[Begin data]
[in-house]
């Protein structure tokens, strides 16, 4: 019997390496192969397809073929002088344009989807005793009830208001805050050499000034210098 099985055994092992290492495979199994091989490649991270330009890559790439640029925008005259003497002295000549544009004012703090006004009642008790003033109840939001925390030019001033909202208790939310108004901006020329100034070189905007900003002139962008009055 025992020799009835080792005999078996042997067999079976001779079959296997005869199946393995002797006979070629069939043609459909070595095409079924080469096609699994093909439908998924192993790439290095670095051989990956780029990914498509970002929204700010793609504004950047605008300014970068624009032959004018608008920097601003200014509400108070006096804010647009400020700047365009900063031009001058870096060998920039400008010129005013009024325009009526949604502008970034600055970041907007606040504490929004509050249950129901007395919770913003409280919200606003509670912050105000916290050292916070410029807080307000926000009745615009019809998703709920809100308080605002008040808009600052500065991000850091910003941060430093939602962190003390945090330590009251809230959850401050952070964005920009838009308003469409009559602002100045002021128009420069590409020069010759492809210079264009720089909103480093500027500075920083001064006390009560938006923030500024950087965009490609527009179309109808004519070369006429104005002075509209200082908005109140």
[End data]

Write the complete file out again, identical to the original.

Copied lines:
[in-house]
């Protein structure tokens, strides 16, 4: 019997390496192969397809073929002088344009989807005793009830208001805050050499000034210098 099985055994092992290492495979199994091989490649991270330009890559790439640029925008005259003497002295000549544009004012703090006004009642008790003033109840939001925390030019001033909202208790939310108004901006020329100034070189905007900003002139962008009055 025992020799009835080792005999078996042997067999079976001779079959296997005869199946393995002797006979070629069939043609459909070595095409079924080469096609699994093909439908998924192993790439290095670095051989990956780029990914498509970002929204700010793609504004950047605008300014970068624009032959004018608008920097601003200014509400108070006096804010647009400020700047365009900063031009001058870096060998920039400008010129005013009024325009009526949604502008970034600055970041907007606040504490929004509050249950129901007395919770913003409280919200606003509670912050105000916290050292916070410029807080307000926000009745615009019809998703709920809100308080605002008040808009600052500065991000850091910003941060430093939602962190003390945090330590009251809230959850401050952070964005920009838009308003469409009559602002100045002021128009420069590409020069010759492809210079264009720089909103480093500027500075920083001064006390009560938006923030500024950087965009490609527009179309109808004519070369006429104005002075509209200082908005109140």